By varying the amount of current applied to the stator coils it is possible to increase the step resolution of the motor to be finer than the full step angle. This is achieved by delivering two sine wave current signals 90° out of phase to adjacent stator coils. This has the effect of decreasing the current in one coil as it is increased in the adjacent coil, this will cause the rotor position to lie somewhere between the two coils (see Figures 3 & 4). This is known as a microstep and the size of the smallest microstep achievable is dependent on the resolution of the driving electronics used to energise the stator coils.
As an example, the LIMES 84N steppermotor linear stage from OWIS uses a stepper motor with 200 full steps per revolution (see Figure 5 for a 3-axis assembly). When used with the OWIS PS 90 position control unit it is possible to divide each full step into a further 256 microsteps. This gives a total of 51,200 microsteps per revolution of the motor or 0.007° per microstep. When converted into linear motion via a precision ball screw, microstepping allows very fine position increments to be made.
In addition to improving the precision of the motor there are a number of performance advantages created by microstepping. One key advantage is the reduction of torque ripple, which is often encountered when operating in full step mode. In full step mode the stator coils are either energised with maximum current or switched off, which means that as the rotor moves between each full step position there is a large variation in the available torque. Torque ripple results in rough, unstable motion which leads to noise and unwanted vibrations. Microstepping solves this issue as the stator coil current is applied more gradually, resulting in a smoother transition between steps.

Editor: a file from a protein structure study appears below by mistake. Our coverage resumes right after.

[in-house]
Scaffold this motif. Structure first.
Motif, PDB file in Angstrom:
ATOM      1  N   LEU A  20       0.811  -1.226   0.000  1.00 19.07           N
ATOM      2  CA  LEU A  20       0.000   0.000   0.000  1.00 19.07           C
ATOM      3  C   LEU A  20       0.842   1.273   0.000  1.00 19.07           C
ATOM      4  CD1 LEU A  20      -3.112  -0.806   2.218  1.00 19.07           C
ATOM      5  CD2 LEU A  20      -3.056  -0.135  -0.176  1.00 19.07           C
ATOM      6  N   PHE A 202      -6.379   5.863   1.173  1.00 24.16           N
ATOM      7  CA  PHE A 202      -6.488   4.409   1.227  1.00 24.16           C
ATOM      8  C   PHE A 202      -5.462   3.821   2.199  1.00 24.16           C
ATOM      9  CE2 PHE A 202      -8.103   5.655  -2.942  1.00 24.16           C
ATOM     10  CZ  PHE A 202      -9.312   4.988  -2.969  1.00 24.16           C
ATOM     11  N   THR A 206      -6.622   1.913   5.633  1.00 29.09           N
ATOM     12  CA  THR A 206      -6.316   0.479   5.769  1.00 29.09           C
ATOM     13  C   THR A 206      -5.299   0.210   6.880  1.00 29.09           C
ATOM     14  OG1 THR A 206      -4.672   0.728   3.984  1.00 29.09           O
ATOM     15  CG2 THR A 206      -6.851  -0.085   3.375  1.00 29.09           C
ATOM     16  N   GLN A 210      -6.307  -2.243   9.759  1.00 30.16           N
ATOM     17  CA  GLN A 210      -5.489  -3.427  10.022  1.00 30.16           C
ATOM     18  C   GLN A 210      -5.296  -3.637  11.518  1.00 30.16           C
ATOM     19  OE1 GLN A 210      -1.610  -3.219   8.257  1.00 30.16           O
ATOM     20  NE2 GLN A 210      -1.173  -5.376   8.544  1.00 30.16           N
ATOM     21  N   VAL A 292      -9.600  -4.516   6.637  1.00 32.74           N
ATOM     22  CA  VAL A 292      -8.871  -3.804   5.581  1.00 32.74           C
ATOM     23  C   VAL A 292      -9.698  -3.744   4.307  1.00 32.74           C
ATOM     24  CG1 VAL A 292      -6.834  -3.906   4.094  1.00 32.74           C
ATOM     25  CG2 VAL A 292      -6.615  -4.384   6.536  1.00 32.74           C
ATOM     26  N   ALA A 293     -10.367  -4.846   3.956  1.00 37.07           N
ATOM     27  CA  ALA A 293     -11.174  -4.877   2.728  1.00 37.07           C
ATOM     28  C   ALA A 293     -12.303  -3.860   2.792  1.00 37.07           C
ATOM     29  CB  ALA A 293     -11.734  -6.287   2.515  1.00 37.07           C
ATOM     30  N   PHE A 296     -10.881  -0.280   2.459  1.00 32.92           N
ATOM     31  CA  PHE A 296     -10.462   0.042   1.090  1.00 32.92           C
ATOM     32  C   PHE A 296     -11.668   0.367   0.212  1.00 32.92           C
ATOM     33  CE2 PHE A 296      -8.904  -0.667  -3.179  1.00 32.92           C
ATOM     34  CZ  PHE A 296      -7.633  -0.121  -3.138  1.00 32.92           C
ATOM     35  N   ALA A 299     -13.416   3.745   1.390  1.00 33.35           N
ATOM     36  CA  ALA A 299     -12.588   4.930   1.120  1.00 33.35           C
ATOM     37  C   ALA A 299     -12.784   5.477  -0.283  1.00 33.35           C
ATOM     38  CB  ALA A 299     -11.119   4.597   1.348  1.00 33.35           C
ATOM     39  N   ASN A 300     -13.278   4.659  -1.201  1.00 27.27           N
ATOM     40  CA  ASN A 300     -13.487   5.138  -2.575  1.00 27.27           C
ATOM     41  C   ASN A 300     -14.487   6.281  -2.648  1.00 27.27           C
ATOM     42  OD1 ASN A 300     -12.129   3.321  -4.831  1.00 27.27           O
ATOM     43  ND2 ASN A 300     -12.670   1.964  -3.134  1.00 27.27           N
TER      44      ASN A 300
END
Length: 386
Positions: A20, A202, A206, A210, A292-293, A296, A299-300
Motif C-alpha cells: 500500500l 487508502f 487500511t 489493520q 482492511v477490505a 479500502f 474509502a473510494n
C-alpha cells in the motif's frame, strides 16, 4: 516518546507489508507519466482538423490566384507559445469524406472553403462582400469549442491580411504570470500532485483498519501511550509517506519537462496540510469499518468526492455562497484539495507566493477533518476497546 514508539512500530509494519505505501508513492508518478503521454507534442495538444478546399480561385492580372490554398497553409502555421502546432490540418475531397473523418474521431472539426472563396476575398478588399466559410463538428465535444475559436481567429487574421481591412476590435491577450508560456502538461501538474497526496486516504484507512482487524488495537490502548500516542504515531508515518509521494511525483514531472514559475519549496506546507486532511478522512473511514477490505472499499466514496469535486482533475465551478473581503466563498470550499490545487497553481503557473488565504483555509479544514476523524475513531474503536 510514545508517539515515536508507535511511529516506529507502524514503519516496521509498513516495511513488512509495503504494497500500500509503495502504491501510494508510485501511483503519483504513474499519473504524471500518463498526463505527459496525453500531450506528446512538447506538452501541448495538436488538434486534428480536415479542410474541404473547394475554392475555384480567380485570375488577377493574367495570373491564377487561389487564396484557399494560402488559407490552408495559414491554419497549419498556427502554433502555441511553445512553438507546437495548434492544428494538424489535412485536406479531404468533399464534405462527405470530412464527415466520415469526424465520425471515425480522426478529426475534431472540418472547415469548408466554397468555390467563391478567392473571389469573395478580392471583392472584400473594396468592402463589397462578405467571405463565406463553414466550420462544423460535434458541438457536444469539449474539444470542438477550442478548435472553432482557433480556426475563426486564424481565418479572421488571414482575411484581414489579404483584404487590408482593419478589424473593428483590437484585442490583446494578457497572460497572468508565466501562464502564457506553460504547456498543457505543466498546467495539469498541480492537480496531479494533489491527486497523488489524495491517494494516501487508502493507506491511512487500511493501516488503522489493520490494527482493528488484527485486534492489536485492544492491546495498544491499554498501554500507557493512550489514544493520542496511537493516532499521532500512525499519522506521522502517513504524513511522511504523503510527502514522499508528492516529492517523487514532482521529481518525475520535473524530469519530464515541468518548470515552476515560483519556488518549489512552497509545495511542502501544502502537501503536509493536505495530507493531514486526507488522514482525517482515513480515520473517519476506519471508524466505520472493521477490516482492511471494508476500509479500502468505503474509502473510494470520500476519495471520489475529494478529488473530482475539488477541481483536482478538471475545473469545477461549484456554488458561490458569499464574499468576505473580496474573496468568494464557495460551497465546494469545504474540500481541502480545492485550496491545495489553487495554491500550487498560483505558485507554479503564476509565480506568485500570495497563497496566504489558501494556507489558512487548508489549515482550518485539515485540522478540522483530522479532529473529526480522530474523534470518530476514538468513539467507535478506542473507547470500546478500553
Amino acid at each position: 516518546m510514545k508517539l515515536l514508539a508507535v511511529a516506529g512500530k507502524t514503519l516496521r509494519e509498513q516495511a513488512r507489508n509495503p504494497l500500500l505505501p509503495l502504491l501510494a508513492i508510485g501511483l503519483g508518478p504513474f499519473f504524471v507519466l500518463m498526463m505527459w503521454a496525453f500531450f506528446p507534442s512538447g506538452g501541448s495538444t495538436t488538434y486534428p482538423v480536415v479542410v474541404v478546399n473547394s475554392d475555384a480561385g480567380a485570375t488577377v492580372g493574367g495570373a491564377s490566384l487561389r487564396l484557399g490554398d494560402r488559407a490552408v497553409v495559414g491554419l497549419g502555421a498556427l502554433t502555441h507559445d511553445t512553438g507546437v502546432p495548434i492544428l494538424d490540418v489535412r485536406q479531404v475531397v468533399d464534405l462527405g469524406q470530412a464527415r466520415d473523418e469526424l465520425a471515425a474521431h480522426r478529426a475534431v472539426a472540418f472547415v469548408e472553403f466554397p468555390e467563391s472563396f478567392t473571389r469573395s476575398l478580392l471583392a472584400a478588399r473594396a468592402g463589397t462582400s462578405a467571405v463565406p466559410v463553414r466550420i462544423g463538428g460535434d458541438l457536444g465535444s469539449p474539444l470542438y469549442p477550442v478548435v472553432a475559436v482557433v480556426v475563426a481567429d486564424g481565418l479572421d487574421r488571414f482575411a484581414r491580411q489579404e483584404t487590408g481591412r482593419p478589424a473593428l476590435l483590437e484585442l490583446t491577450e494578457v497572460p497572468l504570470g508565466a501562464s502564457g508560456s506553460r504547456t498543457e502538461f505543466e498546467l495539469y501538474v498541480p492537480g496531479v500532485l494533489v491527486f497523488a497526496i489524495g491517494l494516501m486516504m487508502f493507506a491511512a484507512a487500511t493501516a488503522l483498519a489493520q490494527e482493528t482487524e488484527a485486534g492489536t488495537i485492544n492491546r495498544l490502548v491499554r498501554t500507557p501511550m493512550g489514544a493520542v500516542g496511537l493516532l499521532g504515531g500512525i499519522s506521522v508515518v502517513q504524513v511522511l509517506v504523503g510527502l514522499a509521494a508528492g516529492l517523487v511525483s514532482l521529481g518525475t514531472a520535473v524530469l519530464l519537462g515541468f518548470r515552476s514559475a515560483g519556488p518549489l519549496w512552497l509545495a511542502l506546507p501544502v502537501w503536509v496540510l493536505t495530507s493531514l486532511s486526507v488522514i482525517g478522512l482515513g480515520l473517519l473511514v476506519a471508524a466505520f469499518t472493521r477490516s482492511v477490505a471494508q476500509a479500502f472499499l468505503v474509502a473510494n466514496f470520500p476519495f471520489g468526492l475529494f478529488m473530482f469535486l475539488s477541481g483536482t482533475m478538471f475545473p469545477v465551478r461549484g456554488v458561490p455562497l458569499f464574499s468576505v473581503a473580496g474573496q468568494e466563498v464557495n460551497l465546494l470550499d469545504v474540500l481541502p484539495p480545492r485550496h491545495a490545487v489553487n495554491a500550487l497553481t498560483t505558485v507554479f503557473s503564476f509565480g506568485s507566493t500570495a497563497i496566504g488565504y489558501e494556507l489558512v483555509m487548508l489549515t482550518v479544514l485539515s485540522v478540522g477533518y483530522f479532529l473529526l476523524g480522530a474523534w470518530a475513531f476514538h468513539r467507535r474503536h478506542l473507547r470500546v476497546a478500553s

There are some drawbacks to stepper motors. Primarily the lack of position feedback can lead to situations where the position integrity may be compromised, particularly if used under heavy loads that exceed the torque specification of the motor. High loads can cause unwanted movement or stalling of the motor, which combined with the lack of position feedback, can result in an incorrect position readout.
The open loop mode also requires that a position reference be taken if the absolute position is required. This means that homing cycles need to be executed before an application can run. Position information will also be lost if the motor or controller suffers a power failure requiring a fresh homing cycle before the application can resume. If absolute position is critical to an application, then using a motion control solution with absolute position feedback would be more suitable.